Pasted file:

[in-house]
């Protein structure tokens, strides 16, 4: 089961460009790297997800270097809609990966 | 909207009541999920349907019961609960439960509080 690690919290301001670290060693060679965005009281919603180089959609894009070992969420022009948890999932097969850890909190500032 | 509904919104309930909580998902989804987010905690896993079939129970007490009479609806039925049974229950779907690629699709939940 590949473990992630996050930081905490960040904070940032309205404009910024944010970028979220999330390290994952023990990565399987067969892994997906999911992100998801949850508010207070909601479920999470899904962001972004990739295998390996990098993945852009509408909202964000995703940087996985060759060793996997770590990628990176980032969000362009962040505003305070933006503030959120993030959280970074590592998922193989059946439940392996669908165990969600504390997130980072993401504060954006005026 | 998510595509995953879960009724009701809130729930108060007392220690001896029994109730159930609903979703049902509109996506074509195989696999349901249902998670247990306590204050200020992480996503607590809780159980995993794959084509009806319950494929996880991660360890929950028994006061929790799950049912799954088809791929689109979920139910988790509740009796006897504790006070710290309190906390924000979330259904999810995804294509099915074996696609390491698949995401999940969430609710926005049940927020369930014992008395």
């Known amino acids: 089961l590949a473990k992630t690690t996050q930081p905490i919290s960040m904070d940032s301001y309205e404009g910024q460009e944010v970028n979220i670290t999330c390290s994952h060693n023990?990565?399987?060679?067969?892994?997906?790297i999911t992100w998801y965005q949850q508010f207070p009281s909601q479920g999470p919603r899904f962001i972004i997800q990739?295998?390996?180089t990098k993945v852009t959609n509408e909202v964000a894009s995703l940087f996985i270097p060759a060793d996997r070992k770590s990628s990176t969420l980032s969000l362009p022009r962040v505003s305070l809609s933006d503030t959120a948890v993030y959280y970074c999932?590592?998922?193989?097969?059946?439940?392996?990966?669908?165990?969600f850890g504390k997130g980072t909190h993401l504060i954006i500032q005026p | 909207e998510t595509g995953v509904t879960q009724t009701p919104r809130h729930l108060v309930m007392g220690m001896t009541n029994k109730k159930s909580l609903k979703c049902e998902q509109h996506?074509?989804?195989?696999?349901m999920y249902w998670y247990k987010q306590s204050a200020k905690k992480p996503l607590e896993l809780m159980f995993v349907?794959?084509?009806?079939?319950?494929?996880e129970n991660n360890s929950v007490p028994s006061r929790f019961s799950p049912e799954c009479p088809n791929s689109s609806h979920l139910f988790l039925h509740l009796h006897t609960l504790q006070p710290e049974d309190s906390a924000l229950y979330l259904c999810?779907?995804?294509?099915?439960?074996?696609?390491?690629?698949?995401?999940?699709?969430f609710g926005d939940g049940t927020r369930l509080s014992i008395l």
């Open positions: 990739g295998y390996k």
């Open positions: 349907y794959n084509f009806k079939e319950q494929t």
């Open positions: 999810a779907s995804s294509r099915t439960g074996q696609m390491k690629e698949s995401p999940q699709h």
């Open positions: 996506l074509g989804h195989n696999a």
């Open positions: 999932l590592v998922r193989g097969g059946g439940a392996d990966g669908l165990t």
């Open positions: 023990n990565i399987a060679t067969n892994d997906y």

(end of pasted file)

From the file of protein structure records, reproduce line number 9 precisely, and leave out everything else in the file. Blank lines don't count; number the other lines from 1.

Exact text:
């Open positions: 023990n990565i399987a060679t067969n892994d997906y």